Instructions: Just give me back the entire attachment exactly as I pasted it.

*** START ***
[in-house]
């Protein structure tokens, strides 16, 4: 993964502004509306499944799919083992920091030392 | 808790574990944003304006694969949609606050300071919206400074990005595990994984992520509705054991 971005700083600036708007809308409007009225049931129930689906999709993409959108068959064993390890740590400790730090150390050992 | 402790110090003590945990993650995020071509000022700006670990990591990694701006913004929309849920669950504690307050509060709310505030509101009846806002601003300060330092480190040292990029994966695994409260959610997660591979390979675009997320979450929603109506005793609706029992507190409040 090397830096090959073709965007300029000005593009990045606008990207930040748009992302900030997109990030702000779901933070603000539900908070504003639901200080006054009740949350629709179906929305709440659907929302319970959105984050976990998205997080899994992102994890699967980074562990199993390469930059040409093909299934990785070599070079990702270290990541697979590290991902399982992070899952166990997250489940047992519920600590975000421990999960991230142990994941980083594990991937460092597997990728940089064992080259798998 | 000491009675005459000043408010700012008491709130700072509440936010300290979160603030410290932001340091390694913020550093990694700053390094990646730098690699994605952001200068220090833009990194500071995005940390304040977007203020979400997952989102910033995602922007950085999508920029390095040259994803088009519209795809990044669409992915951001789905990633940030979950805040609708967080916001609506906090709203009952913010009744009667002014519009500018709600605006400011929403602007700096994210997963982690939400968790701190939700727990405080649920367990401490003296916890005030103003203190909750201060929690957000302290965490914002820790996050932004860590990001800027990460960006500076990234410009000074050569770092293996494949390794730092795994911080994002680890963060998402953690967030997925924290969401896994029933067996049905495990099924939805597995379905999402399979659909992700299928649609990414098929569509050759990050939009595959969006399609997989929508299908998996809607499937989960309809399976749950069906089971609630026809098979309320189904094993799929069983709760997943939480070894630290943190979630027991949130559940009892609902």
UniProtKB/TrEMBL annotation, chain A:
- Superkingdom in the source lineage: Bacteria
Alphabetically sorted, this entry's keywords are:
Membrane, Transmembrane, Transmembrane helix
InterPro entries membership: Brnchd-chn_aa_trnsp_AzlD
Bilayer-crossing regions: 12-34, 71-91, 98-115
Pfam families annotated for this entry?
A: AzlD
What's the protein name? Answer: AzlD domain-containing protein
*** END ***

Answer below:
[in-house]
């Protein structure tokens, strides 16, 4: 993964502004509306499944799919083992920091030392 | 808790574990944003304006694969949609606050300071919206400074990005595990994984992520509705054991 971005700083600036708007809308409007009225049931129930689906999709993409959108068959064993390890740590400790730090150390050992 | 402790110090003590945990993650995020071509000022700006670990990591990694701006913004929309849920669950504690307050509060709310505030509101009846806002601003300060330092480190040292990029994966695994409260959610997660591979390979675009997320979450929603109506005793609706029992507190409040 090397830096090959073709965007300029000005593009990045606008990207930040748009992302900030997109990030702000779901933070603000539900908070504003639901200080006054009740949350629709179906929305709440659907929302319970959105984050976990998205997080899994992102994890699967980074562990199993390469930059040409093909299934990785070599070079990702270290990541697979590290991902399982992070899952166990997250489940047992519920600590975000421990999960991230142990994941980083594990991937460092597997990728940089064992080259798998 | 000491009675005459000043408010700012008491709130700072509440936010300290979160603030410290932001340091390694913020550093990694700053390094990646730098690699994605952001200068220090833009990194500071995005940390304040977007203020979400997952989102910033995602922007950085999508920029390095040259994803088009519209795809990044669409992915951001789905990633940030979950805040609708967080916001609506906090709203009952913010009744009667002014519009500018709600605006400011929403602007700096994210997963982690939400968790701190939700727990405080649920367990401490003296916890005030103003203190909750201060929690957000302290965490914002820790996050932004860590990001800027990460960006500076990234410009000074050569770092293996494949390794730092795994911080994002680890963060998402953690967030997925924290969401896994029933067996049905495990099924939805597995379905999402399979659909992700299928649609990414098929569509050759990050939009595959969006399609997989929508299908998996809607499937989960309809399976749950069906089971609630026809098979309320189904094993799929069983709760997943939480070894630290943190979630027991949130559940009892609902």
UniProtKB/TrEMBL annotation, chain A:
- Superkingdom in the source lineage: Bacteria
Alphabetically sorted, this entry's keywords are:
Membrane, Transmembrane, Transmembrane helix
InterPro entries membership: Brnchd-chn_aa_trnsp_AzlD
Bilayer-crossing regions: 12-34, 71-91, 98-115
Pfam families annotated for this entry?
A: AzlD
What's the protein name? Answer: AzlD domain-containing protein